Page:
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Statcast reveals success of defensive shifts

Diving into the numbers shows who had most trouble adjusting
MLB.com @JoeTrezz

On May 19, Mariners third baseman Kyle Seager looped a rolling Jose Quintana slider off the end of his bat and into short right field. Seager didn't hit the ball hard, but the falling liner would have been a hit in any other era in baseball history, a soft single landing safely over the second baseman's head.

Of course, in the modern game, nothing is guaranteed for a left-handed batter who hits the ball on the ground. Though Seager lofted the ball slightly, it still landed in front of White Sox second baseman Yolmer Sanchez, who scrambled to corral the one-hopper and tossed out Seager by a step. With a 92 percent hit probability, it went in the box score as a 4-3 putout, but was tied for the least likely groundout of last season. Seager busted it down the line, smelling a hit he knew he should have had.

On May 19, Mariners third baseman Kyle Seager looped a rolling Jose Quintana slider off the end of his bat and into short right field. Seager didn't hit the ball hard, but the falling liner would have been a hit in any other era in baseball history, a soft single landing safely over the second baseman's head.

Of course, in the modern game, nothing is guaranteed for a left-handed batter who hits the ball on the ground. Though Seager lofted the ball slightly, it still landed in front of White Sox second baseman Yolmer Sanchez, who scrambled to corral the one-hopper and tossed out Seager by a step. With a 92 percent hit probability, it went in the box score as a 4-3 putout, but was tied for the least likely groundout of last season. Seager busted it down the line, smelling a hit he knew he should have had.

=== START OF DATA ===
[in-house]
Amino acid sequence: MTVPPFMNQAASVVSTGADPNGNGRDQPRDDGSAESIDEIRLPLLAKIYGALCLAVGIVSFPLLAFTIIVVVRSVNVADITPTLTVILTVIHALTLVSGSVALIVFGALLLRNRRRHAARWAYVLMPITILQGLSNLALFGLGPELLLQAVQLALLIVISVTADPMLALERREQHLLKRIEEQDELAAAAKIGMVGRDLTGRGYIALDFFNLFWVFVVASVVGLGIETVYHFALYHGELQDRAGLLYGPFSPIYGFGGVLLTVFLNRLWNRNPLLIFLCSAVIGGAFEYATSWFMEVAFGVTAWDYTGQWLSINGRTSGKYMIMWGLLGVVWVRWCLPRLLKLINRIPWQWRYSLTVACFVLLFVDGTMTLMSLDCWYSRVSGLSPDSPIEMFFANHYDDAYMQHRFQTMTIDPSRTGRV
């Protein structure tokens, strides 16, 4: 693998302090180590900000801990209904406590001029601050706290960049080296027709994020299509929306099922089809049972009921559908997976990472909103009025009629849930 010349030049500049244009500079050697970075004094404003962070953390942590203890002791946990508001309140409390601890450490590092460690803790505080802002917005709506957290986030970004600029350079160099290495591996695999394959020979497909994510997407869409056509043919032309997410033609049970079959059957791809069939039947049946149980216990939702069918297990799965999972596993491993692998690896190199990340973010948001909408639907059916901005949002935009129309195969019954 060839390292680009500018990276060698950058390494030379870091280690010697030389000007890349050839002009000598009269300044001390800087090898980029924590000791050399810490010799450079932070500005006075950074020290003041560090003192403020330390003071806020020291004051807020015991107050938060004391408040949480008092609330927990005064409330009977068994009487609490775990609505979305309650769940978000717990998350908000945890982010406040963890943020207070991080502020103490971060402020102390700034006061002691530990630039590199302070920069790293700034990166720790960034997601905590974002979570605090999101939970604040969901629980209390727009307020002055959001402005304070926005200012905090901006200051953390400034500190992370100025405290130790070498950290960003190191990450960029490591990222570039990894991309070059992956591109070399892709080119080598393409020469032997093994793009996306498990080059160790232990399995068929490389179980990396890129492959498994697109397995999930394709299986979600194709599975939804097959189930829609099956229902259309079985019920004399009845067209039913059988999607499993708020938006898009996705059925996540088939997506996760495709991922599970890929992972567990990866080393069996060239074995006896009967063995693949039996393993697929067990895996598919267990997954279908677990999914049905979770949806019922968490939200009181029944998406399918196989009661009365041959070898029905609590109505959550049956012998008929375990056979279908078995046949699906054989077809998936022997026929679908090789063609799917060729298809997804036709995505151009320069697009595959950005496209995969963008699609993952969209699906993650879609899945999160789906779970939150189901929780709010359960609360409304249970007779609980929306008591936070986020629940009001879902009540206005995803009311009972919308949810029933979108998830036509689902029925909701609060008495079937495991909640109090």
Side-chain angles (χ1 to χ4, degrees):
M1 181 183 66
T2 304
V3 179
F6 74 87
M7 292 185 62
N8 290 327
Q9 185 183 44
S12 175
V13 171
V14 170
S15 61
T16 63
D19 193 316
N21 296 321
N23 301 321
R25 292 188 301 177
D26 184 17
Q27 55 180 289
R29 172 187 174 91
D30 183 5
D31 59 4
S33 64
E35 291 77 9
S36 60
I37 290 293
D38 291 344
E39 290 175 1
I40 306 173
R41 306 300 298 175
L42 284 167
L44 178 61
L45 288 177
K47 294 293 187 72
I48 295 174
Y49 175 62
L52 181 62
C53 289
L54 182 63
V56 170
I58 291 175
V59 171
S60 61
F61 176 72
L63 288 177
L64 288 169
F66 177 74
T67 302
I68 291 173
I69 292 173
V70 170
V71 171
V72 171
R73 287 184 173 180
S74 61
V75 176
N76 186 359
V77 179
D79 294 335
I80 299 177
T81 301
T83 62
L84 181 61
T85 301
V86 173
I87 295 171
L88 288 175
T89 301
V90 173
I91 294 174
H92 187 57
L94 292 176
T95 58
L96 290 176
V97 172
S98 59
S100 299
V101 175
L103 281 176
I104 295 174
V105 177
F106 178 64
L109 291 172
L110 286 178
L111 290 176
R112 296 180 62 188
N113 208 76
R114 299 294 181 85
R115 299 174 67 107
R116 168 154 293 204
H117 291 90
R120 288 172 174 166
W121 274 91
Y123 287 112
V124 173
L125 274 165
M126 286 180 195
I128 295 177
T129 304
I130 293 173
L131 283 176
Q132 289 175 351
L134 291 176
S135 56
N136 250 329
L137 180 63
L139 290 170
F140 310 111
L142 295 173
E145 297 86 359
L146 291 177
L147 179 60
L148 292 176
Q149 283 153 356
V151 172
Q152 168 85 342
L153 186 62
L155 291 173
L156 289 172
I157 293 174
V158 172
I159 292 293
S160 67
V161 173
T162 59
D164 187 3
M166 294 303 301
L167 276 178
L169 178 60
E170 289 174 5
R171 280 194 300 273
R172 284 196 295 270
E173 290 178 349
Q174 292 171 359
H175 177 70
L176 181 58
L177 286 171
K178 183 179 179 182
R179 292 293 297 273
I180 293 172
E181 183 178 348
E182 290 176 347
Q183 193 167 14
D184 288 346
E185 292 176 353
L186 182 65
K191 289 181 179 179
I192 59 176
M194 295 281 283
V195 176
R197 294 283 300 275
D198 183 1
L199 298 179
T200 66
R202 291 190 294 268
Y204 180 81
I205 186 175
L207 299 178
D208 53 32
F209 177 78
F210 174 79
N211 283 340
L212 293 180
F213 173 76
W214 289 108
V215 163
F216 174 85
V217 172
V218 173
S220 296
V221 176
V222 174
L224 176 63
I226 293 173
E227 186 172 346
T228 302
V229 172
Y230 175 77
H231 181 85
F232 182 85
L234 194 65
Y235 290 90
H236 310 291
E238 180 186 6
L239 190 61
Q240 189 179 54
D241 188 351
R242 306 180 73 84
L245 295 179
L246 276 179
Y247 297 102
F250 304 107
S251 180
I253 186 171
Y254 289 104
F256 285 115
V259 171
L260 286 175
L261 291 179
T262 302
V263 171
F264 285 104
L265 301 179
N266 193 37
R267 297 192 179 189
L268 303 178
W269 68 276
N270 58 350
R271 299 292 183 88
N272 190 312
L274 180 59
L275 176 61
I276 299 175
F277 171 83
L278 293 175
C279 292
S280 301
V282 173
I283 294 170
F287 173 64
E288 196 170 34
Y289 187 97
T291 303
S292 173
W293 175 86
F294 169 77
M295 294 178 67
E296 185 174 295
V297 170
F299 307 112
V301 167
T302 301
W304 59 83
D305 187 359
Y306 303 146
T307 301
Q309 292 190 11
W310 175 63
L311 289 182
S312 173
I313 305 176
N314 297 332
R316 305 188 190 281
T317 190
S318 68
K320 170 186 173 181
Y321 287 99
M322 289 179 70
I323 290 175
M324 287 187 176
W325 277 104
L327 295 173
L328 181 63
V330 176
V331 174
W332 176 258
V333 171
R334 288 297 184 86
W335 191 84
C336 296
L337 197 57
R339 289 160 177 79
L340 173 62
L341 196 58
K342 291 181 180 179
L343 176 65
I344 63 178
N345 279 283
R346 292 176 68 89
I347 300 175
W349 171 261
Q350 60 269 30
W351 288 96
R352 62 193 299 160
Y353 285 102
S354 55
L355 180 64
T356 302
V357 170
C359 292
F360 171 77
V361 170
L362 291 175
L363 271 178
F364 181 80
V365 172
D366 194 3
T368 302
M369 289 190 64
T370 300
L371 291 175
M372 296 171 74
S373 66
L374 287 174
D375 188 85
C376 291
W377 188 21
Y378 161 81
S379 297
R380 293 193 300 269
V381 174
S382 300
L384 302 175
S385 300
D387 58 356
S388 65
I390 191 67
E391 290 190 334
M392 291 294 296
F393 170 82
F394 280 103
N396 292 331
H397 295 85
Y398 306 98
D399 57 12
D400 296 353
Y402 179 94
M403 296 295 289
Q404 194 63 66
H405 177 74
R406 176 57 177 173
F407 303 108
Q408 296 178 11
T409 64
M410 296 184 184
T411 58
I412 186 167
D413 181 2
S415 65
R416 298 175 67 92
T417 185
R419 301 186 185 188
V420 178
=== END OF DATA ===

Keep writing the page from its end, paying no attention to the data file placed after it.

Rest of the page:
The shift isn't new, and it isn't going anywhere. We know that it works, at least more often than not, because teams would stop using it otherwise. But determining how well it worked, exactly, used to seem undecipherable.

Now with Statcast™, we can use several different data points to tackle questions previously reserved for intrepid front-office staffs. How well does the shift work on individual hitters? Whose numbers does it affect the most? Who is the best at beating it?

Let's take a Statcast™ dive into the frustrating world of hitting against the shift, where helmets get slammed, tensions run high and beating the ball into the ground ultimately affects your bottom line.

Who gets shifted on the most?

The obvious answer to this question is "powerful left-handed hitters," though shifts against righties (and less dangerous lefties) have increased in recent years, as well. The six hitters who faced the most shifts last season were left-handed, followed by three switch-hitters and then seven more full-time lefties. Anthony Rizzo saw the most, with 370. Seager faced the next most, followed by Mike Moustakas, Jay Bruce, Mitch Moreland, Rougned Odor and three switch-hitters: Carlos Santana, Kendrys Morales and Justin Smoak.

Who was hurt most by the shift?

For this exercise, we'll use the Statcast™ metric called expected batting average (xBA), which predicts what a hitter should have hit based on the quality of contact, combining exit velocity and launch angle. If we narrow xBA to focus only on a hitter's ground balls, then find the difference between that and his actual batting average on grounders, we begin to get a picture of how much an abnormal defensive alignment could've cut into those numbers.

Brandon Belt, Giants -- shifts faced: 220

xBA on grounders: .328
BA on grounders: .163
Difference: -.165

Belt has a case for the hitter hurt most by the shift in 2017. Thirty hitters faced more shifts than Belt, but none lost more xBA on pulled grounders, mainly because Belt pulled 61 percent of his grounders (fifth most among qualified lefties). Belt lost 165 points of batting average on grounders, and a whopping 321 points when exceeding Statcast™'s hard-hit threshold of 95-mph exit velocity. Those would-be hits would've made a sizeable difference in Belt's .241/.355/.469 slash line.